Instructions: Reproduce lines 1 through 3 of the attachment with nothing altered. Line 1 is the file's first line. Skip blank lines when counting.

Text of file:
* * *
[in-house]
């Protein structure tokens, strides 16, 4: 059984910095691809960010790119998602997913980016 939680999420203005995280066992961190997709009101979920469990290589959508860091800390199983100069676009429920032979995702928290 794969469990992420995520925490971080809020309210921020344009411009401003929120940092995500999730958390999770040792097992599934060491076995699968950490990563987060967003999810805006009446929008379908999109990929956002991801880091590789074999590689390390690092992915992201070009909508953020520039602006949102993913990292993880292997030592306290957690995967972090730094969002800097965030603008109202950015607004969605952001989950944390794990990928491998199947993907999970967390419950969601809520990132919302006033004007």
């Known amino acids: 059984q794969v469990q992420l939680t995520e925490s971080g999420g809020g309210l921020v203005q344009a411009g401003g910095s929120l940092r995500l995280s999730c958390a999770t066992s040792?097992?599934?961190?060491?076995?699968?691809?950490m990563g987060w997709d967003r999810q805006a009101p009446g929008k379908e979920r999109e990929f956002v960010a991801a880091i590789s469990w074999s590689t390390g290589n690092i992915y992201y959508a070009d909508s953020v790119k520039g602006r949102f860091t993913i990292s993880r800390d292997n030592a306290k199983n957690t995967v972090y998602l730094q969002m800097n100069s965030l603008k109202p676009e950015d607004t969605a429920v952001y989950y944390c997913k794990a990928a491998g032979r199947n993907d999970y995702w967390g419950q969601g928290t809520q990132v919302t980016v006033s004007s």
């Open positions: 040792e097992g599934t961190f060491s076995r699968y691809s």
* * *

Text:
[in-house]
């Protein structure tokens, strides 16, 4: 059984910095691809960010790119998602997913980016 939680999420203005995280066992961190997709009101979920469990290589959508860091800390199983100069676009429920032979995702928290 794969469990992420995520925490971080809020309210921020344009411009401003929120940092995500999730958390999770040792097992599934060491076995699968950490990563987060967003999810805006009446929008379908999109990929956002991801880091590789074999590689390390690092992915992201070009909508953020520039602006949102993913990292993880292997030592306290957690995967972090730094969002800097965030603008109202950015607004969605952001989950944390794990990928491998199947993907999970967390419950969601809520990132919302006033004007």
């Known amino acids: 059984q794969v469990q992420l939680t995520e925490s971080g999420g809020g309210l921020v203005q344009a411009g401003g910095s929120l940092r995500l995280s999730c958390a999770t066992s040792?097992?599934?961190?060491?076995?699968?691809?950490m990563g987060w997709d967003r999810q805006a009101p009446g929008k379908e979920r999109e990929f956002v960010a991801a880091i590789s469990w074999s590689t390390g290589n690092i992915y992201y959508a070009d909508s953020v790119k520039g602006r949102f860091t993913i990292s993880r800390d292997n030592a306290k199983n957690t995967v972090y998602l730094q969002m800097n100069s965030l603008k109202p676009e950015d607004t969605a429920v952001y989950y944390c997913k794990a990928a491998g032979r199947n993907d999970y995702w967390g419950q969601g928290t809520q990132v919302t980016v006033s004007s």